Breaking Down Silos
In the two-and-a-half years before the Grubb & Ellis merger, Newmark Knight Frank realigned its own corporate services business. Business lines that had previously existed in multiple silos—strategic consulting, project management, facilities and property management—came together in a single multi-disciplinary group. “In a lot of companies, corporate services is a service line,” said Ippolito. “What we’ve done is to say, ‘This really is our platform.’”
The division overseen by Ippolito combines a full spectrum of transaction and consulting services in order to advise clients on meeting corporate needs. These days, Ippolito argues, corporate services means much more than merely helping clients “slash and burn; cut, cut and cut.” Instead, real estate is only part of the larger strategic picture. Newmark’s team starts by looking broadly at the client’s business operations to determine the strategies and best practices that will make the business operate most efficiently.
Recently, the company applied that approach to advising Elekta, which provides technology for cancer treatment, on its decision to locate its new headquarters. A team led by executive managing director Jeff Estep looked at the company’s long-term needs and recommended that Elekta move its North American headquarters to Atlanta. This year, Elekta is relocating into 70,000 square feet at The Terraces, a 1 million-square-foot complex in Atlanta’s Central Perimeter district.
Affiliation with BGC also adds to Newmark Grubb Knight Frank’s capacities, its principals contend. Lehrman said that the integrated specialties offer new potential for problem-solving. “If a tenant needs space, I want to understand the business,” he explained. Lehrman cited a hypothetical situation where a tenant has five years left on an above-market lease in a building that is in special servicing. The tenant’s first instinct might be to look for a lower-cost situation.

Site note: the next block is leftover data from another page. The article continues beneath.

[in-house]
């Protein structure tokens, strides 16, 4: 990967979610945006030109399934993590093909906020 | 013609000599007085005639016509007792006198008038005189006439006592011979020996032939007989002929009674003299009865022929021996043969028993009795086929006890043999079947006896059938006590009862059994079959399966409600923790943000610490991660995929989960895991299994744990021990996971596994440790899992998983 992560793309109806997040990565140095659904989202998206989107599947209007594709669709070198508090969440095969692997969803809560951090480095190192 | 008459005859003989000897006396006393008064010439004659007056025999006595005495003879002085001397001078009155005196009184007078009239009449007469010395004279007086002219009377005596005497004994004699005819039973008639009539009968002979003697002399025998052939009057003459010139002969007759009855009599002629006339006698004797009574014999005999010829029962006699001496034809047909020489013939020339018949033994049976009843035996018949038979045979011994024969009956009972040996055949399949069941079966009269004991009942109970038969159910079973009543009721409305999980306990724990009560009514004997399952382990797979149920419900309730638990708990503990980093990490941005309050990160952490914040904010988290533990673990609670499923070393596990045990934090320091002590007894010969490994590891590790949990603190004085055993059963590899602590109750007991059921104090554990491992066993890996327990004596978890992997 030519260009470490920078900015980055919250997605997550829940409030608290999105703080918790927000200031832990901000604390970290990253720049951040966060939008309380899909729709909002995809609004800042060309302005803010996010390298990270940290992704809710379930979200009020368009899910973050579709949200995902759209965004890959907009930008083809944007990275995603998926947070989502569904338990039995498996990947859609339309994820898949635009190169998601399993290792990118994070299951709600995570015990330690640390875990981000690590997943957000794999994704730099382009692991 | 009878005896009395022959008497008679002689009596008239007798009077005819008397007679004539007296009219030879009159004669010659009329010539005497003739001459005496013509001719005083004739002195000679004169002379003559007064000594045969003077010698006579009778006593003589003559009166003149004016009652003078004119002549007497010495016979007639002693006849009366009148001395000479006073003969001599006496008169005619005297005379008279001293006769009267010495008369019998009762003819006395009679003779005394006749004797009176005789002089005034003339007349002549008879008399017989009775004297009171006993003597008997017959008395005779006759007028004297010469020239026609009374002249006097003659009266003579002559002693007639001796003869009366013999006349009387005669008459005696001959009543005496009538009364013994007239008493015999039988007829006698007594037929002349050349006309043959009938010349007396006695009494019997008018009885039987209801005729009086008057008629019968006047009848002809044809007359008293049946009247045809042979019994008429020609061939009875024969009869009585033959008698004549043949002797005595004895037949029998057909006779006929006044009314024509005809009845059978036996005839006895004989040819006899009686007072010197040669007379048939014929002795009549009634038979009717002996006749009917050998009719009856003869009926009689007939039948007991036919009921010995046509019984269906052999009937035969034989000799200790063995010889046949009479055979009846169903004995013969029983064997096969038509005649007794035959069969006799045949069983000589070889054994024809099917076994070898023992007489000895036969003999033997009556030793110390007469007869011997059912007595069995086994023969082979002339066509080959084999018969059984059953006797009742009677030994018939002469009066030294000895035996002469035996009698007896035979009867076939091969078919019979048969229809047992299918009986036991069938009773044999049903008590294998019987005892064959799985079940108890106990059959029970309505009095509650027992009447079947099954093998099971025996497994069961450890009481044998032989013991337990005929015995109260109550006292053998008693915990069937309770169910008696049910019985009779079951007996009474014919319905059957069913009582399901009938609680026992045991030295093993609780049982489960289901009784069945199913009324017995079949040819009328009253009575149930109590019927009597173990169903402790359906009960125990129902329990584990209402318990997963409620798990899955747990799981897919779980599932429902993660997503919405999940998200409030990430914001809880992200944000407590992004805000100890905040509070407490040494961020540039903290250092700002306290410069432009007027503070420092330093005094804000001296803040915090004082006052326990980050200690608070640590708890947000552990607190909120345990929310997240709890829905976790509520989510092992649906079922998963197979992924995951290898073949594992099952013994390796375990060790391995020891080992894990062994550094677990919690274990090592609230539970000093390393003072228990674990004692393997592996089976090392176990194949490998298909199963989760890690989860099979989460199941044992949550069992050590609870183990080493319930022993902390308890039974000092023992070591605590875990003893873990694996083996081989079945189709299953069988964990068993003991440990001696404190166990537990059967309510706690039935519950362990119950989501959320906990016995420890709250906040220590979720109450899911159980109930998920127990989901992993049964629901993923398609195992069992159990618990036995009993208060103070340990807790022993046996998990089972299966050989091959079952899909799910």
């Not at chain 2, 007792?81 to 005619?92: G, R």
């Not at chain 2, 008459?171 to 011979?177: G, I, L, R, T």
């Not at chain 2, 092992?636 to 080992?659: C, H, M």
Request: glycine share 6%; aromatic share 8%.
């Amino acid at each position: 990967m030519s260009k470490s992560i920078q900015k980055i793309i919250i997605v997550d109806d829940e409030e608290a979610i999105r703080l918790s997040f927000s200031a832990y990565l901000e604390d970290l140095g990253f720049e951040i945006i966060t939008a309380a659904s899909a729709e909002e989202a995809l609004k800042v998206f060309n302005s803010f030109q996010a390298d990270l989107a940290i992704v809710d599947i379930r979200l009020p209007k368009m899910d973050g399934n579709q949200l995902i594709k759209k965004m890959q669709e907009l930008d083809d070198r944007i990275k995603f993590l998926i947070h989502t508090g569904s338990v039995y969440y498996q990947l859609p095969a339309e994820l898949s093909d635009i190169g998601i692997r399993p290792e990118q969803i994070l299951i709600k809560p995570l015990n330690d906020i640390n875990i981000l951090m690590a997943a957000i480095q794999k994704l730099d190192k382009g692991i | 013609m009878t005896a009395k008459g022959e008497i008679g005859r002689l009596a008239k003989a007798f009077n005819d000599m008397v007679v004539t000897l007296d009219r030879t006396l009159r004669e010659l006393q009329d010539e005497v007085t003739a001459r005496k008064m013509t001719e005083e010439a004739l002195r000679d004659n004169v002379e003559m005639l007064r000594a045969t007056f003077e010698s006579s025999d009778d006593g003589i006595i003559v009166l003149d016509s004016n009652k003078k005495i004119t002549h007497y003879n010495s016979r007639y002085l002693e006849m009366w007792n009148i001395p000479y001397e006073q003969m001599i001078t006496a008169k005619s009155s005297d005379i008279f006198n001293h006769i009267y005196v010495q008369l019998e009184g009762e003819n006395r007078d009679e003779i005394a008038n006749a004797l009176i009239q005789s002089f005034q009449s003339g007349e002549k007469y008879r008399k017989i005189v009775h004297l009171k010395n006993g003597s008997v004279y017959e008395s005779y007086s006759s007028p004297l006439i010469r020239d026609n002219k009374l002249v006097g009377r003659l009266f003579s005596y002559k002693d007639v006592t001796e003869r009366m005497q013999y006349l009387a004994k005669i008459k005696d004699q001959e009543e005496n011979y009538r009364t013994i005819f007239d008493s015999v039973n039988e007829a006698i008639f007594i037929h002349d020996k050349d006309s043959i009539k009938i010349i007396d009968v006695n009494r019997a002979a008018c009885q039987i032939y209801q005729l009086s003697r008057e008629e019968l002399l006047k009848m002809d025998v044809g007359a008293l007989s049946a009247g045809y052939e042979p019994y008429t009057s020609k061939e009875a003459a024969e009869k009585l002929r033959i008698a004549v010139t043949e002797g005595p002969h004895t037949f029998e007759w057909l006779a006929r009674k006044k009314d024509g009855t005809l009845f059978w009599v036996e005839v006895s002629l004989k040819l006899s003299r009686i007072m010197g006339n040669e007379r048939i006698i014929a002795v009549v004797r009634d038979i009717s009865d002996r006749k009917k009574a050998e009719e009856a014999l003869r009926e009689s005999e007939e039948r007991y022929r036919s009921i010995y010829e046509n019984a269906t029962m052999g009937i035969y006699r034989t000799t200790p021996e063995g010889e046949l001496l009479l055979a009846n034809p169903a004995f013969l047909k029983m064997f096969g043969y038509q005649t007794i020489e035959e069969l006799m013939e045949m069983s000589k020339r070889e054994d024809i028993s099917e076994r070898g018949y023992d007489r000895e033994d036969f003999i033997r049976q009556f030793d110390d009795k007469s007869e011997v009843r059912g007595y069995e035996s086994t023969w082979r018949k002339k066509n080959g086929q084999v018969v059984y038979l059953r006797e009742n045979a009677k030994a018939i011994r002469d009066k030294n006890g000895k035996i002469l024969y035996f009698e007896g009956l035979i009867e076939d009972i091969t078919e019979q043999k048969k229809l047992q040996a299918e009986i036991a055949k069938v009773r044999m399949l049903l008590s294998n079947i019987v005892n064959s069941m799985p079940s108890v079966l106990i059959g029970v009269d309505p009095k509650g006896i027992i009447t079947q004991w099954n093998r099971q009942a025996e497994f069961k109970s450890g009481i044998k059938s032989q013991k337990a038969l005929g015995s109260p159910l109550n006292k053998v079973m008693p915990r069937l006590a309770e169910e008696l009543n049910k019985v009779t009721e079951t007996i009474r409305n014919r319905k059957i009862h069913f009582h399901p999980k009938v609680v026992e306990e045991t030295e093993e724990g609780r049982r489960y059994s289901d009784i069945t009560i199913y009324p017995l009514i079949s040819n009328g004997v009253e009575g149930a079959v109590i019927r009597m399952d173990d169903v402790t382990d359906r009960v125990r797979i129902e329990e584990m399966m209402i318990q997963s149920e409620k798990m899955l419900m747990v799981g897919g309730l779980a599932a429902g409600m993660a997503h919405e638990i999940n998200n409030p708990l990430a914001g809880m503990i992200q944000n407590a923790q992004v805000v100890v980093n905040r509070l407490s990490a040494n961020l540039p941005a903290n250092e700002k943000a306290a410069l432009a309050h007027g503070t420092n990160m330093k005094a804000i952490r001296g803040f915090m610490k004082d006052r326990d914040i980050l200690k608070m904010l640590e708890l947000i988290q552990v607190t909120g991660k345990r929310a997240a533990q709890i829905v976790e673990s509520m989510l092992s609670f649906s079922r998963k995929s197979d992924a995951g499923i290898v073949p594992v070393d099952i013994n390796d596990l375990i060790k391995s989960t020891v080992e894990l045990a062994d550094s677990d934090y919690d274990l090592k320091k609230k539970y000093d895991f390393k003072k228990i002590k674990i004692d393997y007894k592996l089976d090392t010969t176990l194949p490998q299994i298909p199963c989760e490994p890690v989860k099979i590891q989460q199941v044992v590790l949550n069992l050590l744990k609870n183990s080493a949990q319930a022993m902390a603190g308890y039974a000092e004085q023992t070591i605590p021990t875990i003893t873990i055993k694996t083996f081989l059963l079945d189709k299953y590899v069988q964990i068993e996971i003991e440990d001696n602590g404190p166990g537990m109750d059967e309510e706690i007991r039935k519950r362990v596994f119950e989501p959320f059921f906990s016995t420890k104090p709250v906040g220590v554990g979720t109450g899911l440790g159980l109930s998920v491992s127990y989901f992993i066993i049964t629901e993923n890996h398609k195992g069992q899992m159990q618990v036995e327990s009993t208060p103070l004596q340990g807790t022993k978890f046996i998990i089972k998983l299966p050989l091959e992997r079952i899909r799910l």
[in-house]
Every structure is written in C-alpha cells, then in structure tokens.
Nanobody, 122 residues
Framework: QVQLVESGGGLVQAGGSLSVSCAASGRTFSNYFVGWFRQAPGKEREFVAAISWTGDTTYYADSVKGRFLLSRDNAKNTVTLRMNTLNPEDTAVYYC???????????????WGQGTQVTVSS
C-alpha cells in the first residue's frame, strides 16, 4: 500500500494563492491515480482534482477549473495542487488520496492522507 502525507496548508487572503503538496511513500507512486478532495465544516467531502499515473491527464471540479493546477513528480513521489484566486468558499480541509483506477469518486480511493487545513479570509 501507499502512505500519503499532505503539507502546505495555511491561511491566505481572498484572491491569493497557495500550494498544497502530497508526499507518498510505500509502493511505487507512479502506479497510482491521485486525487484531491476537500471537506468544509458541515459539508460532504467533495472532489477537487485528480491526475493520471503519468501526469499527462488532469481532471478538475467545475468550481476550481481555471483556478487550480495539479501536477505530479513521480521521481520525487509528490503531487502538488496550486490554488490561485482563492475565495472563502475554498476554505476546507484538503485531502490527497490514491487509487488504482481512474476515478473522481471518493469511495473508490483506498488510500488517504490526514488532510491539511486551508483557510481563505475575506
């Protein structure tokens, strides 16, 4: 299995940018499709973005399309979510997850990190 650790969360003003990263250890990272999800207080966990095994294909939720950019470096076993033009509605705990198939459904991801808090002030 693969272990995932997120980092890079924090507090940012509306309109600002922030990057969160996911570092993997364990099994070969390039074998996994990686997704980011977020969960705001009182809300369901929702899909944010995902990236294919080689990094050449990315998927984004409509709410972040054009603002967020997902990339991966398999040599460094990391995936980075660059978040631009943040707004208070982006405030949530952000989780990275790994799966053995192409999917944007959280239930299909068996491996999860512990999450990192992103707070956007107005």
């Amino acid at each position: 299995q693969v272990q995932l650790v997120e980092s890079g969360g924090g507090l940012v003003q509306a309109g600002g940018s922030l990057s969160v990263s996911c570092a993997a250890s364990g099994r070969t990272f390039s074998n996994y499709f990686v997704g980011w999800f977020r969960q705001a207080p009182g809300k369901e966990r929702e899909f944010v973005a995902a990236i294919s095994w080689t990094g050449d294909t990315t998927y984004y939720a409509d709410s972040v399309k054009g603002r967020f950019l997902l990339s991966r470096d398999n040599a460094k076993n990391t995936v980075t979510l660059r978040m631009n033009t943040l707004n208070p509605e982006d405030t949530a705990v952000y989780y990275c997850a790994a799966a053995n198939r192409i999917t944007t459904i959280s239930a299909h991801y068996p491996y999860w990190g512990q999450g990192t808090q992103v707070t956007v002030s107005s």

But a leasing broker who is also versed in the capital markets could recommend that the tenant and landlord agree to a new 10-year lease that reflects current market pricing, which is considerably lower than that when the lease was signed in 2007. Such a deal would benefit the tenant by lowering overhead costs. For the landlord, the lease would lock in a revenue stream for 10 years. That income, in turn, would contribute to refinancing the building’s debt—a prospect that the special servicer would view favorably.
Given Newmark’s relationship with BGC, expanding its real estate capital markets business is a top priority. BGC’s new real estate finance group will work closely with other business lines. Lehrman hired two Cantor Fitzgerald veterans in early June to take senior positions with the new group: Garett Stoffels signed on as senior managing director & head of equity capital markets, while Jonathan Falik was appointed senior managing director & head of hospitality capital markets.
Effectively devising client strategies calls for analyzing reports and figures from multiple databases that are unable to communicate with one another, Ippolito explained. BGC’s technology pulls information out of their respective silos and puts it in a format that allows consultants and clients to assess it effectively.
In BGC, then, Newmark Grubb Knight Frank clearly has a partner ready to invest in growth on multiple fronts. The company’s leadership demurs from discussing specific business lines and geographic areas of interest, but Gosin offers a hint of things to come.
“We’re not sitting on our laurels,” he said “We are going to continue to acquire.”